Tracye Polson among candidates to qualify for Jacksonville Special Election

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Three Republicans have filed, are expected to qualify.

Candidates are already qualifying for an upcoming Special Election in Jacksonville, ahead of the Friday noon deadline.

Two Democrats have already qualified for the election to fill the open At Large 3 seat, vacated earlier this month by the death of Tommy Hazouri. One, who was Hazouri’s choice to succeed him, has qualified as of Thursday morning.

Democrat Tracye Polson is the choice of establishment Democrats such as Sen. Audrey Gibson, Reps. Tracie Davis and Angie Nixon, and expected 2023 mayoral candidate Donna Deegan. Polson, embracing the Hazouri legacy as a candidate, has declared the at-large seat a “Democratic seat.”

Polson raised $51,000 in her first week in the race, which she calls an “outpouring of support.”

A second Democrat, who also has run for office before, has also qualified ahead of the Friday deadline.

James “Coach” Jacobs was the first to qualify, according to records with the Duval County Supervisor of Elections.

Jacobs was the only candidate in the field who was running for the seat before Hazouri’s death, when it was to become open in 2023. He is not a strong fundraiser historically or currently, with less than $1,000 raised.

Three Republicans have filed, meanwhile, and have not yet qualified.

Soil and Water Commissioner John Barnes, Fire Watch Executive Director Nick Howland, and restauranteur Howland “Howdy” Russell have all filed.

Barnes is backed by former Jacksonville Mayor John Delaney. Howland enjoys the support of U.S. Rep. John Rutherford and state Rep. Wyman Duggan. Russell is a political newcomer.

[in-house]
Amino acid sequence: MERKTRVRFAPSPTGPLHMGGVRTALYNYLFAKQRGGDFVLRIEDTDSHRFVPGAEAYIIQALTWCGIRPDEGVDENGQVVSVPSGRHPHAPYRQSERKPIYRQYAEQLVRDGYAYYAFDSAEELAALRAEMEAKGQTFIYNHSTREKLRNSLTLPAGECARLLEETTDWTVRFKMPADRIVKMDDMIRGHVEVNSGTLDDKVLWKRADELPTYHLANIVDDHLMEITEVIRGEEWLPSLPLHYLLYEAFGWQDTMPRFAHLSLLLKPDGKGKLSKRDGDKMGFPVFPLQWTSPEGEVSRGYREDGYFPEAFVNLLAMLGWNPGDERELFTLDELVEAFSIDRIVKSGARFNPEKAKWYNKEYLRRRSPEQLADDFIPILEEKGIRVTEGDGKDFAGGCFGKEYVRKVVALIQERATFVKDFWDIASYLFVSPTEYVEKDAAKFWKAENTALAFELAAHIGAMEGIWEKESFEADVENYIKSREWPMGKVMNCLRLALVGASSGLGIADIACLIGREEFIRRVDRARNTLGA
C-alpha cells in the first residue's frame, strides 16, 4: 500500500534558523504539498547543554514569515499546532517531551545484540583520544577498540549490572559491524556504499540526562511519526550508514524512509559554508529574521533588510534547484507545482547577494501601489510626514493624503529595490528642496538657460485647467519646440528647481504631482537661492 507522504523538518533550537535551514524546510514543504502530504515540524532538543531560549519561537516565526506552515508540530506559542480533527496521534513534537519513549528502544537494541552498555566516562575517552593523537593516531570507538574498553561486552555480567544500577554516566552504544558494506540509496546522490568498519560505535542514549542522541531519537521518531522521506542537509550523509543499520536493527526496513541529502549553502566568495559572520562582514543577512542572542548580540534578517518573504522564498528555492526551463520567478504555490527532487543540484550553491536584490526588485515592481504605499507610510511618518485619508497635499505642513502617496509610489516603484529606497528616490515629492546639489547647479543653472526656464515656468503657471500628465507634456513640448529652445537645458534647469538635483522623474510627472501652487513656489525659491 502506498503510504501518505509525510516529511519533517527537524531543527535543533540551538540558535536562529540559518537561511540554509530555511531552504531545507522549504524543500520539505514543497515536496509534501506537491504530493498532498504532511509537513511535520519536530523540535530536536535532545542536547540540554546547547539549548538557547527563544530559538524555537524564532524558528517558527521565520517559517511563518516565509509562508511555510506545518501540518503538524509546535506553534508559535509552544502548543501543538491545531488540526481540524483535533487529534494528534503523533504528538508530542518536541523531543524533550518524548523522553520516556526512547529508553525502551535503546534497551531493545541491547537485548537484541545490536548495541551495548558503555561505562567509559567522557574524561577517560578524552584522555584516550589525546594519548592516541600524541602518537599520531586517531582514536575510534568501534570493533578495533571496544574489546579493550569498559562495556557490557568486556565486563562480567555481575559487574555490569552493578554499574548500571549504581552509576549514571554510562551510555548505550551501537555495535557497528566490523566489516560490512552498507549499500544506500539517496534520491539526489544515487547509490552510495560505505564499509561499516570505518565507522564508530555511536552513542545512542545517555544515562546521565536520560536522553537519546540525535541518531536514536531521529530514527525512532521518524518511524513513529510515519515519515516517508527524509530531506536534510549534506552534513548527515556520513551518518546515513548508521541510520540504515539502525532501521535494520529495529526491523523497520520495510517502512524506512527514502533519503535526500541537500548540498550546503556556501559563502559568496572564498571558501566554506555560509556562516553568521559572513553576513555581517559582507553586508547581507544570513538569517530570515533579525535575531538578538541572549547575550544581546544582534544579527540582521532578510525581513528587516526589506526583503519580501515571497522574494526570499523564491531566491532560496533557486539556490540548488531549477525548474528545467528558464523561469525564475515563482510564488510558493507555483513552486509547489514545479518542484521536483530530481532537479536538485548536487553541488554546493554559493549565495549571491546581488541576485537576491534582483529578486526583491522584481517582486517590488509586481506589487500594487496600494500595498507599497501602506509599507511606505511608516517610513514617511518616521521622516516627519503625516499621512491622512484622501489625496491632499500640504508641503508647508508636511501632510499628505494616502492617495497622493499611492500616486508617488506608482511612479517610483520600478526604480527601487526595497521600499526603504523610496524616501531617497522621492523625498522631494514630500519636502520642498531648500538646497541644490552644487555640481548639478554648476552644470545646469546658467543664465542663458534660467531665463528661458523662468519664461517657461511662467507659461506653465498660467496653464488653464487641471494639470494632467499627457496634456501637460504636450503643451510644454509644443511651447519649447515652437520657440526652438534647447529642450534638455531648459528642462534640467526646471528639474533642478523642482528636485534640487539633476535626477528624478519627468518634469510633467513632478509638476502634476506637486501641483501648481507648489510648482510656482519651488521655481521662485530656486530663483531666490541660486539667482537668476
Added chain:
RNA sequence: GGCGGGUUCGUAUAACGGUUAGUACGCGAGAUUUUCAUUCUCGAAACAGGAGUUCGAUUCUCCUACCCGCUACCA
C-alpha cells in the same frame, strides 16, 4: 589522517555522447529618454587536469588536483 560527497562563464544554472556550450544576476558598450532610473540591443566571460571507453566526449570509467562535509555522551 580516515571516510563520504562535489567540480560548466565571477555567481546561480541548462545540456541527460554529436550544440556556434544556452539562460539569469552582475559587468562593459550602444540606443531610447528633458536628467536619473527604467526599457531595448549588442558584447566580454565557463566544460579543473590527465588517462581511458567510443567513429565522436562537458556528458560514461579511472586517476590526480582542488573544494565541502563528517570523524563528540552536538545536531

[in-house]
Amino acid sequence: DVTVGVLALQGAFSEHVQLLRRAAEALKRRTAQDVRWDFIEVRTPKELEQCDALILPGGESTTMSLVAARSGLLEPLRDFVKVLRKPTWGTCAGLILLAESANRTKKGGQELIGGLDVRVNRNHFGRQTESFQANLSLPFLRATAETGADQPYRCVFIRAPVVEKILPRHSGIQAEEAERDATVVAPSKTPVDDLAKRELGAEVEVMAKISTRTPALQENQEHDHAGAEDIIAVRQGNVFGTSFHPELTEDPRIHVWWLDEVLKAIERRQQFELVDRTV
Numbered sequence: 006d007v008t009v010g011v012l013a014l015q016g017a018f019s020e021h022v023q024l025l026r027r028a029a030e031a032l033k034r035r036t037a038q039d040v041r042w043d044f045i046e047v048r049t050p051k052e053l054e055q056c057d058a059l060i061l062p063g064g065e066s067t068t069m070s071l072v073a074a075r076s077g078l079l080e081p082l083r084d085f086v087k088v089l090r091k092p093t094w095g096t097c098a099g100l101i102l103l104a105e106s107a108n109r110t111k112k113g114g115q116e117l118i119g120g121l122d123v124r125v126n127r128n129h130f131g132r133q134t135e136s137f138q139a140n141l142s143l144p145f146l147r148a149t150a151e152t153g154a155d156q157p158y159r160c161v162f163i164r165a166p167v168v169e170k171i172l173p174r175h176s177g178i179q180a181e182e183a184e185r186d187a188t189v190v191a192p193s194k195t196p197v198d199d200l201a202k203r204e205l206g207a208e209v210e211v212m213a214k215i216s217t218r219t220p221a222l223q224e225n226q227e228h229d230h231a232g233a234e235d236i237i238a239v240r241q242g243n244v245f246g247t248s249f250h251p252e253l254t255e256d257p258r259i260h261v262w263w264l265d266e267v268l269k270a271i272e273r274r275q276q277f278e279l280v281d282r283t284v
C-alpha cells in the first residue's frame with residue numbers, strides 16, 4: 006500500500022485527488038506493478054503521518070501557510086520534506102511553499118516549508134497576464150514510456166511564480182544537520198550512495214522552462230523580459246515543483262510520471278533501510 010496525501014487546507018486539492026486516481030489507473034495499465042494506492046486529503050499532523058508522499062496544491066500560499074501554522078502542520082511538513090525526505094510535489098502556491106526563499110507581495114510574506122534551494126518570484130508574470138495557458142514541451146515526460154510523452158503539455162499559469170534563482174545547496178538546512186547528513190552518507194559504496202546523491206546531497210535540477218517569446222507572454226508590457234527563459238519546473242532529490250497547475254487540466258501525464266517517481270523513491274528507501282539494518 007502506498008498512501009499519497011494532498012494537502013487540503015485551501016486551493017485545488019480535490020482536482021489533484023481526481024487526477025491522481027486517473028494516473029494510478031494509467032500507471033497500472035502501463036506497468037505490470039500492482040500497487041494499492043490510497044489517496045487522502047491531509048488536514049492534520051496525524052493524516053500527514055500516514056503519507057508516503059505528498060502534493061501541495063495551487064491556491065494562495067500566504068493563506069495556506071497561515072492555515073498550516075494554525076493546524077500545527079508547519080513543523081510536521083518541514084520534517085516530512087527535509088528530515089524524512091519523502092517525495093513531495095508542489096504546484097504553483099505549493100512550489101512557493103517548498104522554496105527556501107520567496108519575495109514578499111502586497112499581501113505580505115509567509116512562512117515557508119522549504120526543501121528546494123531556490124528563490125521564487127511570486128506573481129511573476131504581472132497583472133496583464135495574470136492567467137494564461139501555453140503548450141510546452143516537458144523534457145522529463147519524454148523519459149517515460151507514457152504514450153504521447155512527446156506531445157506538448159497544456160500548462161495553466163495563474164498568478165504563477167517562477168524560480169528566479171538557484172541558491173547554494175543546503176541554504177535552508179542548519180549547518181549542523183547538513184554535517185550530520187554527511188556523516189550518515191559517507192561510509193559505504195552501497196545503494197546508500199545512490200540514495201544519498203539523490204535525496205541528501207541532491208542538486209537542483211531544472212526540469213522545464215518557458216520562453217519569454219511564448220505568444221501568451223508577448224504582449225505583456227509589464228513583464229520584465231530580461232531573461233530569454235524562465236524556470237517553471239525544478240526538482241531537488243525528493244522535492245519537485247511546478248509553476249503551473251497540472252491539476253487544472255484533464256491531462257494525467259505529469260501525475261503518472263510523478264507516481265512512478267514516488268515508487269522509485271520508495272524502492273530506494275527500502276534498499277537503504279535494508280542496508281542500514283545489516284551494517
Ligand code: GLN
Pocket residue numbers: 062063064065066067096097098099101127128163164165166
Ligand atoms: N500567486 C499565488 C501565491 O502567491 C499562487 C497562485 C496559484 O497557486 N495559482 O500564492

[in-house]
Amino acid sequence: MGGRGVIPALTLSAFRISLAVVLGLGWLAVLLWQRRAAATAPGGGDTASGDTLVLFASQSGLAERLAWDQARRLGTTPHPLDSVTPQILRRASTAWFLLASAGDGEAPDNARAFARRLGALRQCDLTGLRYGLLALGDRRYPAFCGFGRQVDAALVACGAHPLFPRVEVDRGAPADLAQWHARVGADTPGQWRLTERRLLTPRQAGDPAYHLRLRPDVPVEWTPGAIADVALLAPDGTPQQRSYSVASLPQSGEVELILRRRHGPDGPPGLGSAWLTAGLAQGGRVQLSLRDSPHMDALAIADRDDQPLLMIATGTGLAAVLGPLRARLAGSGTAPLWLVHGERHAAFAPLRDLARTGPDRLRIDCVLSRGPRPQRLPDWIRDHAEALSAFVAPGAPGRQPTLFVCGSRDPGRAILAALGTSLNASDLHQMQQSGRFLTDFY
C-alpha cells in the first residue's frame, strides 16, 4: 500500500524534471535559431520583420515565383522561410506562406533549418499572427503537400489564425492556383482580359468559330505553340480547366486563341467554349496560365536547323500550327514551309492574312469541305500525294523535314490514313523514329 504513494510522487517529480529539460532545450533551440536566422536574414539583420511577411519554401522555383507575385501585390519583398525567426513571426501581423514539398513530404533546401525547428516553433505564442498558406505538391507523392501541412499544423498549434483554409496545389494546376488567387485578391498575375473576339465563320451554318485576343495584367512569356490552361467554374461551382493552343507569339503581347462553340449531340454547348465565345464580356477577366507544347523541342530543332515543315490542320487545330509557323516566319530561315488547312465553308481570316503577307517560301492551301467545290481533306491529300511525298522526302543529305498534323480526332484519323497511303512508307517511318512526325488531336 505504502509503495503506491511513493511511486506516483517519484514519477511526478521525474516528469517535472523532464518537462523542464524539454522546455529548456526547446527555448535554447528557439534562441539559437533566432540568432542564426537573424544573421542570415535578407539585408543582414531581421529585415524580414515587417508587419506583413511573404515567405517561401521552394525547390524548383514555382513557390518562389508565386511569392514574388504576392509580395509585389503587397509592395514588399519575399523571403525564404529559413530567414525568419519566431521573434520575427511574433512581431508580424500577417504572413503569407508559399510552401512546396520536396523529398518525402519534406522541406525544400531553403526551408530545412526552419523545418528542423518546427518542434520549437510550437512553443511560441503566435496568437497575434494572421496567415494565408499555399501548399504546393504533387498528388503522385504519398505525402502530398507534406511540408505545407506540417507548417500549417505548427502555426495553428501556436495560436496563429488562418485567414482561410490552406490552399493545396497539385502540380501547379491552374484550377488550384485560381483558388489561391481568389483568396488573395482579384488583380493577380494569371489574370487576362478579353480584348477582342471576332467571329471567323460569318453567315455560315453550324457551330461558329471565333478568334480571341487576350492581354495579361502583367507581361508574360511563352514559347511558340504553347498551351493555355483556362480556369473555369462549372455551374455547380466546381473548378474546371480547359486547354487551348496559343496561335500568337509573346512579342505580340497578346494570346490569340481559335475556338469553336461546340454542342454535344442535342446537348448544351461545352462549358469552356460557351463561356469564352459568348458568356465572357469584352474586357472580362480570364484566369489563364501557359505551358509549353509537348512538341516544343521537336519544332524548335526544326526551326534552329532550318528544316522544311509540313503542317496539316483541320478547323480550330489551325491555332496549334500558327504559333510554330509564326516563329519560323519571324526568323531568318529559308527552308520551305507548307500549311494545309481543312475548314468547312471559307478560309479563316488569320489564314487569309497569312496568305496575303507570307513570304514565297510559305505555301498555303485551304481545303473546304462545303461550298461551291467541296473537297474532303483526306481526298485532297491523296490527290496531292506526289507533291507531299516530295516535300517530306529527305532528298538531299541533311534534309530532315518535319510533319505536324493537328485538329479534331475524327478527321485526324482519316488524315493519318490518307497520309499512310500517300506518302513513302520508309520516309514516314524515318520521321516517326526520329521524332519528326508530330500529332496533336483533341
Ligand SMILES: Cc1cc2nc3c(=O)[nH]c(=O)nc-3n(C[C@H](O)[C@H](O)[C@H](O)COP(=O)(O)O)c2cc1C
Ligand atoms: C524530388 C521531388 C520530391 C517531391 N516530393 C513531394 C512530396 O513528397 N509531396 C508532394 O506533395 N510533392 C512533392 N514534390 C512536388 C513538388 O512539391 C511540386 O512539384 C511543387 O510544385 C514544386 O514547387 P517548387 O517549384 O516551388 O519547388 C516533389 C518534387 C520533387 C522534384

The Hazouri seat will remain vacant until it is filled in the Special Election. Hazouri was just one of six Democrats on the 19-member Council. The Council has a Republican supermajority despite Duval County having roughly 40,000 more Democrats than Republicans.

All candidates must live in At-Large Group 3. However, both the First Election (Dec. 7) and the General Election (Feb. 22) allow voters across Duval County to vote for whomever they want regardless of party identification.

The First Election serves as an open Primary unless one candidate gets a majority of the vote, which is unlikely in a crowded field.

Meanwhile, because this election only fills Hazouri’s unexpired term through June 2023, the winner will immediately start running for reelection.

A.G. Gancarski

A.G. Gancarski has written for FloridaPolitics.com since 2014. He is based in Northeast Florida. He can be reached at [email protected] or on Twitter: @AGGancarski



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